burning hands cone area of effect examples

    The left-hand side shows the correct reading of the rules on cone-shaped area of effect spells.

    I’ll go into more detail about how cones work in a different section below.

  • Burning Hands technically requires the use of two hands. Most spells with a somatic component only require the free use of one hand, but the rules do leave room for two-handed spells — “if a spell requires a somatic component, the caster must have free use of at least one hand to perform these gestures” (PHB 203, emphasis mine).

    Burning Hands’ spell description clearly reads “as you hold your hands with thumbs touching and fingers spread,” as well as providing a picture that illustrates exactly what this looks like.

    burning hands two-hand requirement as shown in the player's handbook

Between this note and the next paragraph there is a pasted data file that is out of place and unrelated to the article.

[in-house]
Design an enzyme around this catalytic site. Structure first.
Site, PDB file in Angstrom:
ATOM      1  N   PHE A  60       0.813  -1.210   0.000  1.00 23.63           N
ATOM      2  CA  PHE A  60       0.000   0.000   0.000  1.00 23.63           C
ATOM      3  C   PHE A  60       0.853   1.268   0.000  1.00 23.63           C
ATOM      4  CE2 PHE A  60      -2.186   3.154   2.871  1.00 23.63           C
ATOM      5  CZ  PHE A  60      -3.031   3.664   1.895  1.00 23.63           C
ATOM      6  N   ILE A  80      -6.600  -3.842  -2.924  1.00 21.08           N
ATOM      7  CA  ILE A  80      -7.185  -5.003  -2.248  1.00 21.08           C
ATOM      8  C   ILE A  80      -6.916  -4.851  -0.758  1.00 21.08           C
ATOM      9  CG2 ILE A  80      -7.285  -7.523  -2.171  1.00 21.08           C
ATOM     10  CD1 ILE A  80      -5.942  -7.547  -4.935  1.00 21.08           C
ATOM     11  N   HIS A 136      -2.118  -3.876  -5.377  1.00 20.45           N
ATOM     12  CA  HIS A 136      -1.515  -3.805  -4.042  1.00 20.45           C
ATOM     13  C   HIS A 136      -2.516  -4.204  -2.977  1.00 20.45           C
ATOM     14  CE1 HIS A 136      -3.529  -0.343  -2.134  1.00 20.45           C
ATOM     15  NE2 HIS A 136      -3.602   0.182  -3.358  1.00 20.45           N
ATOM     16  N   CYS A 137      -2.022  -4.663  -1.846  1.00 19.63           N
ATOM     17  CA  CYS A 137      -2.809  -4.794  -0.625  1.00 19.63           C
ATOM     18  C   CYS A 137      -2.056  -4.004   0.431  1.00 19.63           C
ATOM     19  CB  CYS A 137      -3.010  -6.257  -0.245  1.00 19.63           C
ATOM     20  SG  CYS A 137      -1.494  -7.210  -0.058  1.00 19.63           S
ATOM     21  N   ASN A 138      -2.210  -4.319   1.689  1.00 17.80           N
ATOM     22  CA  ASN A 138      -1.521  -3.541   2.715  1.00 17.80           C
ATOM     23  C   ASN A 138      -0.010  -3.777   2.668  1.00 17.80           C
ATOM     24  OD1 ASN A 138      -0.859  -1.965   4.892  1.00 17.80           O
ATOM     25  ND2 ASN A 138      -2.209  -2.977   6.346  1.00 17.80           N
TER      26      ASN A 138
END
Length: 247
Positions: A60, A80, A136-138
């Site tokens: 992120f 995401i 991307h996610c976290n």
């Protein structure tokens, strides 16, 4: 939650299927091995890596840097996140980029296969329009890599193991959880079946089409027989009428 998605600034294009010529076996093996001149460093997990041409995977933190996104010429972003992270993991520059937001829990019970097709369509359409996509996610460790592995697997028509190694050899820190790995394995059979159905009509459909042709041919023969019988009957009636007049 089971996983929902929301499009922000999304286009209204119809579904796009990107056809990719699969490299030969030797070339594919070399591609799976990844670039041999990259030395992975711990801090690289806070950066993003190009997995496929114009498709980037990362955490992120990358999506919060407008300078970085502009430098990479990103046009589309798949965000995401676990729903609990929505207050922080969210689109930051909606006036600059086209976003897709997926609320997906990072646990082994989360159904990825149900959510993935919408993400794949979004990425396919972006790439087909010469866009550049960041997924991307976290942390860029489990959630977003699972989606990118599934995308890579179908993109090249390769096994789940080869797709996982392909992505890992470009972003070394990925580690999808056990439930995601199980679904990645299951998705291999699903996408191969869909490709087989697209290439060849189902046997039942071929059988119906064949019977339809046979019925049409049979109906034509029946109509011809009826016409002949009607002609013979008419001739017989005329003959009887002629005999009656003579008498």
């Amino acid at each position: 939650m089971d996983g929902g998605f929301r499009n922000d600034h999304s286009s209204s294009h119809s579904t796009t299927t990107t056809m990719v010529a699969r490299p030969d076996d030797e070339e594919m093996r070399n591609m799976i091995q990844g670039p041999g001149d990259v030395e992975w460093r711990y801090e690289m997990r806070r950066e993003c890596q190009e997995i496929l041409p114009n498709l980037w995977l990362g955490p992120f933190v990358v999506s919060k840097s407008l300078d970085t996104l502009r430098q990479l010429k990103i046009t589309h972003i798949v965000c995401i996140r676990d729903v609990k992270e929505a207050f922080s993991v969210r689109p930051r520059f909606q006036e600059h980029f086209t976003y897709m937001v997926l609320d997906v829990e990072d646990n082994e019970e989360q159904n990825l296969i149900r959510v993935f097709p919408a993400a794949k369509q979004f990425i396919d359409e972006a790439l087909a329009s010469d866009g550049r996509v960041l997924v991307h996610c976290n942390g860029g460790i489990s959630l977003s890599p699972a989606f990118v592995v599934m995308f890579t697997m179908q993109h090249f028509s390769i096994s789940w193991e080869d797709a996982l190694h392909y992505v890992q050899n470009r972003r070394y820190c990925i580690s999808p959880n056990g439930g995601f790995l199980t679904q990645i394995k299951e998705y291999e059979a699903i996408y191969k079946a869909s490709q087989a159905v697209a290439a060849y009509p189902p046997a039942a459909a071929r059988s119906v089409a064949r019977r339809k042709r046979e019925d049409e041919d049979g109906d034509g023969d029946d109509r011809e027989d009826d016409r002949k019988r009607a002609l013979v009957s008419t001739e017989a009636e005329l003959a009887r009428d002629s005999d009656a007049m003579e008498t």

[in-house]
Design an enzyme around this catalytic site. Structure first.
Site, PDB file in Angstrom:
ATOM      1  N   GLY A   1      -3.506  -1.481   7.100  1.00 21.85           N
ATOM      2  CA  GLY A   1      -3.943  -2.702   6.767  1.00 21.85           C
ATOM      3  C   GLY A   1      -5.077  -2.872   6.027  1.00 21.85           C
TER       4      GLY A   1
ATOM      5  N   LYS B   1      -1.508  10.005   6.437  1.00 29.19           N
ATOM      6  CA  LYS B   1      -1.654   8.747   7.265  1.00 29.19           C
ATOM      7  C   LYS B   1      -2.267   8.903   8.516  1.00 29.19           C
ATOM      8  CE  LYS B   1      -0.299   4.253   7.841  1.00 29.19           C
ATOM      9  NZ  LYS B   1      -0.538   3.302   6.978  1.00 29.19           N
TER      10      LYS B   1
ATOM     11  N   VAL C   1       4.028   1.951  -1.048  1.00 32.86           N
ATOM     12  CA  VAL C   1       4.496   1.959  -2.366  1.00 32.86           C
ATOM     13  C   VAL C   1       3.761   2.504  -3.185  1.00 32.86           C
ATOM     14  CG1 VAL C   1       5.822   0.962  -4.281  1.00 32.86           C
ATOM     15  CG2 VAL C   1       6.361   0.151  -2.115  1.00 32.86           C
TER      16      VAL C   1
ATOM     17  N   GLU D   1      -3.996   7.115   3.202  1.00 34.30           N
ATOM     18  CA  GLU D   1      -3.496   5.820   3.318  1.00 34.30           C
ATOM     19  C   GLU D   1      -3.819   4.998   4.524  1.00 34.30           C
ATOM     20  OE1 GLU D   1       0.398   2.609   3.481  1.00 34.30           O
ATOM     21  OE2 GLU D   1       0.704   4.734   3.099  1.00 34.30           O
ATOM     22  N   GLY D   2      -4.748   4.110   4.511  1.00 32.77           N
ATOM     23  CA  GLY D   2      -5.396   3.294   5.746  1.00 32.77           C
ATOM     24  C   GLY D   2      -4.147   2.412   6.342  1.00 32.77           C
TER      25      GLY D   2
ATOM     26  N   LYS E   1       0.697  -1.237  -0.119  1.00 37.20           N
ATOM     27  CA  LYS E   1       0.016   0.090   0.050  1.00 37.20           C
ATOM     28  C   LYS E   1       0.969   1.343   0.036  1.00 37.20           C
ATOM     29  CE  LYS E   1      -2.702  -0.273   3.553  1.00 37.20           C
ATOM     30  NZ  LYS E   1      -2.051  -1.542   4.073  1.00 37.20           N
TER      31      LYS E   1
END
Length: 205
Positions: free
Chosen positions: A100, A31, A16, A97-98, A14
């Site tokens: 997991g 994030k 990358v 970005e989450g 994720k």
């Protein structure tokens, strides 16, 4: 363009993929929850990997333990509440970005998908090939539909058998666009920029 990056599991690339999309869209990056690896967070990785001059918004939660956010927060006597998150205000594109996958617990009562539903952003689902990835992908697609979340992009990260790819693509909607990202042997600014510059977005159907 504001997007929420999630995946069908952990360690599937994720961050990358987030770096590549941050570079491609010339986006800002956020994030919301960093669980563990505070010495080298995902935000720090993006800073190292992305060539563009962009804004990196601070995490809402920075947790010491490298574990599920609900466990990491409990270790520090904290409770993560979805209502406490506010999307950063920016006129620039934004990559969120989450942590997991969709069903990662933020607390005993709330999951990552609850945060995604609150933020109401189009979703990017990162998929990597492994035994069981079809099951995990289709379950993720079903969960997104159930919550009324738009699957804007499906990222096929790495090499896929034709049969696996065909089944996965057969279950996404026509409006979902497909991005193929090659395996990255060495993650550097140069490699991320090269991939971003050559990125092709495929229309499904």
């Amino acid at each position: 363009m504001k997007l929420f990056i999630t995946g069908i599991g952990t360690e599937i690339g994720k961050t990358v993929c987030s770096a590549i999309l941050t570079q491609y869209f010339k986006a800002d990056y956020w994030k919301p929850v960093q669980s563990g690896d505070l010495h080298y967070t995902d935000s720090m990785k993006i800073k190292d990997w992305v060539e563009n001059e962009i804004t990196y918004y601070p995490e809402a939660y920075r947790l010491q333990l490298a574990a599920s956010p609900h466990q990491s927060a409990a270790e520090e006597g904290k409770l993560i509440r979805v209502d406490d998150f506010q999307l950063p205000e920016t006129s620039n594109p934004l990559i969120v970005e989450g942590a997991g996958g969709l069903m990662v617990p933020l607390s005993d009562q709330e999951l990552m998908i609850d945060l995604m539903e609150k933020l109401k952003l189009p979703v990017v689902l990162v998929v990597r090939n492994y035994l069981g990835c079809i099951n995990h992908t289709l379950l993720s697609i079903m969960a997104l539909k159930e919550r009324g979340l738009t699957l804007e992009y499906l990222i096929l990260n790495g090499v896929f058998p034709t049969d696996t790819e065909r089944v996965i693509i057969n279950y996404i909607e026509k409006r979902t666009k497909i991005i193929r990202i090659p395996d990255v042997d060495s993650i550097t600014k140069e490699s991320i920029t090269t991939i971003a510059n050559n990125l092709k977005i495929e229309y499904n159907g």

Specific beats general in DnD 5e, and this appears to be a rule as well as flavor. However, Jeremy Crawford seems to suggest that it’s fine to handwave this away in this Sage Advice thread — and of course, all DMs are free to do so.

    Plus, one could easily argue that a clever spellcaster could find a way to hold onto whatever they were holding while still putting their thumbs together and spreading their fingers.

  • Burning Hands is not a touch spell. For Sorcerers looking to apply the Distant Spell metamagic to make Burning Hands bigger, sorry, it doesn’t qualify. Self (AoE) spells are in a weird place where they’re neither ranged nor touch, and so none will qualify for this metamagic.